Lima, Nov 4 (EFE).- Around 100 passengers aboard a boat traveling on the Marañon River in northeastern Peru are being held captive by indigenous people demanding action to clean up an oil spill, an official told EFE Friday.
The travelers were intecepted en route from Yurimaguas to Iquitos, according to the spokesman for the Loreto regional branch of the national ombud’s office, Cesar Ormeño.
He said that the residents of the indigenous community of Cuninico are also preventing the passage of launches carrying food and other goods to Iquitos, the regional capital.
Representatives of the national ombud’s office are on their way to Cuninico to try to resolve the impasse, Ormeño said, adding that officials are concerned because the captives include Peruvian national team cyclist Angela Ramirez and other competitors headed to a race in Iquitos.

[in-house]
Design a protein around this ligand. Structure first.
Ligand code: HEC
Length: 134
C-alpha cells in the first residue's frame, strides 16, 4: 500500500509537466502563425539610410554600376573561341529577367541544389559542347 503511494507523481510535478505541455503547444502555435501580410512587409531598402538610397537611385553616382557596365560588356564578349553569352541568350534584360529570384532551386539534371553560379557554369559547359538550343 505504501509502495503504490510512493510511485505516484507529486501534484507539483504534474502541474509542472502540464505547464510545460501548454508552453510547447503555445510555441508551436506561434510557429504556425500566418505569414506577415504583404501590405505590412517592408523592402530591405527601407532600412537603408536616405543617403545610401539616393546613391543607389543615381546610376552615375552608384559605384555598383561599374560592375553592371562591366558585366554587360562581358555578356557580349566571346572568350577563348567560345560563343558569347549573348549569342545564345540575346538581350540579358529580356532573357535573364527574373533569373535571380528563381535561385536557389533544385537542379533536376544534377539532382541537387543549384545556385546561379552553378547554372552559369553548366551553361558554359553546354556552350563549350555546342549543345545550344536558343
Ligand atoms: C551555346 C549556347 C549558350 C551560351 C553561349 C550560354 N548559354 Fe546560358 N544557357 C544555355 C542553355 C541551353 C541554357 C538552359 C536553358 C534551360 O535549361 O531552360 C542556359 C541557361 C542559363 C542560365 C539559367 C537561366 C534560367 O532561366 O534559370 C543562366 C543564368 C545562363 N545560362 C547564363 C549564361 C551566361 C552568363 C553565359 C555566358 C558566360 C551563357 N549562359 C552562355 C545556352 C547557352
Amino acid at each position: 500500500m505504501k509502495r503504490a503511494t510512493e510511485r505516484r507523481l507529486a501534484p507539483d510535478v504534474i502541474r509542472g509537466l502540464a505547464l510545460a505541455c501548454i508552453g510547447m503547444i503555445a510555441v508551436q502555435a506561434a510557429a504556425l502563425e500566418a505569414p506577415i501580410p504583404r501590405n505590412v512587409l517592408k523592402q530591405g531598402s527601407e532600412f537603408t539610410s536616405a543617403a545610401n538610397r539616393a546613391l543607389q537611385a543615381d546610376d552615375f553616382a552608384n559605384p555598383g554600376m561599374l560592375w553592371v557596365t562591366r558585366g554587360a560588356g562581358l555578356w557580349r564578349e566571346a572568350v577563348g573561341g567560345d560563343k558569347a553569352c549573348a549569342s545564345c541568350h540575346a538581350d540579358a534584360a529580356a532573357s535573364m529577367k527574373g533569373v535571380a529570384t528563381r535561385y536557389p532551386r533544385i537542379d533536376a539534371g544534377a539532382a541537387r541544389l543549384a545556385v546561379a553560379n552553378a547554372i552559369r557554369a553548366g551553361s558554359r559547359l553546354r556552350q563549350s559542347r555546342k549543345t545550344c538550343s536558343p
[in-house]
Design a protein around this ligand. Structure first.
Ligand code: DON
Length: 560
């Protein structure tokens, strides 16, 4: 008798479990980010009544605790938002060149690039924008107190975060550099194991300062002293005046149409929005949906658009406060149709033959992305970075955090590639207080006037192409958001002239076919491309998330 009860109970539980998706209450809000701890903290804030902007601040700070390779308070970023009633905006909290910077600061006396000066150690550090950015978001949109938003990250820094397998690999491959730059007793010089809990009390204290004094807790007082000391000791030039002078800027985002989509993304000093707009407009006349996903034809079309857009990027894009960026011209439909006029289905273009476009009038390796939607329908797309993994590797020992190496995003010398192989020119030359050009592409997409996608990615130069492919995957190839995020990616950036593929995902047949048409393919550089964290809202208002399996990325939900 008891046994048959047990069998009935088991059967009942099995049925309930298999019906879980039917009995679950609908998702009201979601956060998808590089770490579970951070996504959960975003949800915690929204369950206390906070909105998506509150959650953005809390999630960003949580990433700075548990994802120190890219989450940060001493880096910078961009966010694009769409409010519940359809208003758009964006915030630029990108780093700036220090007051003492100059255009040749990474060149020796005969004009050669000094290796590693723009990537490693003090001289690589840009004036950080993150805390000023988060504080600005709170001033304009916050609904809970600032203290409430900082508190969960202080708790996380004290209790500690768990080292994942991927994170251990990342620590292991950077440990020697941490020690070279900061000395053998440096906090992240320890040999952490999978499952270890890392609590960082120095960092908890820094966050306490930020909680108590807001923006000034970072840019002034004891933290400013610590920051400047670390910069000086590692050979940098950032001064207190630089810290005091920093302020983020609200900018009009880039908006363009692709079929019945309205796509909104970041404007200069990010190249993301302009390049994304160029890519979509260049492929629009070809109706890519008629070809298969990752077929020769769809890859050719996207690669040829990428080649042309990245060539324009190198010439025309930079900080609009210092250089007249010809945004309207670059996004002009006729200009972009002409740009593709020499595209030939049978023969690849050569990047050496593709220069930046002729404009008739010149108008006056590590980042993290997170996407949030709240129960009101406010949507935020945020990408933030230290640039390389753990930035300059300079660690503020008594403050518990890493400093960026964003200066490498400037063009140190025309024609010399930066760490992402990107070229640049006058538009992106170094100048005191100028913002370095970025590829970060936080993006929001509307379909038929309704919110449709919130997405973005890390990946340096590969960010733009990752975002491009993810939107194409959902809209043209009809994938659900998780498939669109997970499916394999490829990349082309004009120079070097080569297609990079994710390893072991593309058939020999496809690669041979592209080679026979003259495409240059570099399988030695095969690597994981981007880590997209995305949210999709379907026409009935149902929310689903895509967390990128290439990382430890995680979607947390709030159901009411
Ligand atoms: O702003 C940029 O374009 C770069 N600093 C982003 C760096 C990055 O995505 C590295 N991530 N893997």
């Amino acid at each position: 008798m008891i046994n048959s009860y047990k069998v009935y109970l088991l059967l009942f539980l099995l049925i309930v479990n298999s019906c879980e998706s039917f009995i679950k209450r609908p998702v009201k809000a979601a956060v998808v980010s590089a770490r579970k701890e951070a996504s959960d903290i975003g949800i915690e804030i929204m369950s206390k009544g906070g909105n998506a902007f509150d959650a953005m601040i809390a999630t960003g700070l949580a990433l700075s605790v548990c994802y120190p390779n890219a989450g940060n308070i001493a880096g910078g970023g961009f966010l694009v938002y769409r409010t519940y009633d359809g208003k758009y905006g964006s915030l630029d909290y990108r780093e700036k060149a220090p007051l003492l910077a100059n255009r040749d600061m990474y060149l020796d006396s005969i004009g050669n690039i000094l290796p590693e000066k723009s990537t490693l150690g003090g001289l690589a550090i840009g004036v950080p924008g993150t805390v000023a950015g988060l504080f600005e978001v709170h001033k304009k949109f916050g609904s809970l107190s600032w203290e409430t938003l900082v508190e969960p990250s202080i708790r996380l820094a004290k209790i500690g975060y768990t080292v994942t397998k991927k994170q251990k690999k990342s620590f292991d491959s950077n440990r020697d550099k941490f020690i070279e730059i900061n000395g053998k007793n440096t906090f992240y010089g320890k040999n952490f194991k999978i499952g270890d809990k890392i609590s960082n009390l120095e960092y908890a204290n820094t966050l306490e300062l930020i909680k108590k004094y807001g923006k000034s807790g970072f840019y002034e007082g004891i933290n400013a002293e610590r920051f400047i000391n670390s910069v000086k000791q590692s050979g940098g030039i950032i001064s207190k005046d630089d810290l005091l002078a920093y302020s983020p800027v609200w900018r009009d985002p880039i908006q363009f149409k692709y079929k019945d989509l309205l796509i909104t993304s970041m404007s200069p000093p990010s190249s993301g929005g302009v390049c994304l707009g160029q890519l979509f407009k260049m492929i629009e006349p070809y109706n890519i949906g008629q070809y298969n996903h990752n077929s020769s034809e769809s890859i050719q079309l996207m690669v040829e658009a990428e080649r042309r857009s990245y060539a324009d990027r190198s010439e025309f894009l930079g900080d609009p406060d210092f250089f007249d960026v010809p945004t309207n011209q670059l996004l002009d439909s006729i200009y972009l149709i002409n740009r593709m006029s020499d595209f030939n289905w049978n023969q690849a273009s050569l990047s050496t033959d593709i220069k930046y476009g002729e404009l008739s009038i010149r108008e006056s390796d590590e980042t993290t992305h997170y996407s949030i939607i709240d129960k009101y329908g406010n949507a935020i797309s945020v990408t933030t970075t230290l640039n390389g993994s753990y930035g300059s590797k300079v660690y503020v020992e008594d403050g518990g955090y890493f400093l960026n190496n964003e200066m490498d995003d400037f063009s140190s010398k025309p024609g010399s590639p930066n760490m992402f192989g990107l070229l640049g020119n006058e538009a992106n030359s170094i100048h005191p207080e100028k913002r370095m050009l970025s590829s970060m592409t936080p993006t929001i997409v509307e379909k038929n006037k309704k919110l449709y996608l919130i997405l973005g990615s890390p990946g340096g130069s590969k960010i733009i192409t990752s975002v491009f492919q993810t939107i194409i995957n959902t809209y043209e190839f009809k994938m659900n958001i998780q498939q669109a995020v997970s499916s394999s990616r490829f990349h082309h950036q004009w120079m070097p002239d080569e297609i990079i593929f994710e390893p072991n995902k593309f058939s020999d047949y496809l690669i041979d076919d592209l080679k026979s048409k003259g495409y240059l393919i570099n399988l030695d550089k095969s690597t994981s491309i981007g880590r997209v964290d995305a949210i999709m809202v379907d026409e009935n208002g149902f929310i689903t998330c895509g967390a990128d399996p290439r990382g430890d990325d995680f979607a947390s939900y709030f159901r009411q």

In a telephone call to RPP Noticias radio, Ramirez said that she is accompanied by 15 cyclists – 10 of them from the United States – and that French, Swiss, German, Spanish, Brazilian and British nationals are among the hostages.
Delegates from the central government are to meet Friday with leaders of indigenous communities affected by the oil spill, Ormeño said.
Cuninico residents began blocking the Marañon River early last month to protest authorities’ failure to remedy the damage done in September by an accident on the North Peru Pipeline.
The community leaders warned that starting Nov. 1, they would block river traffic between Yurimaguas and Iquitos. EFE mmr/dr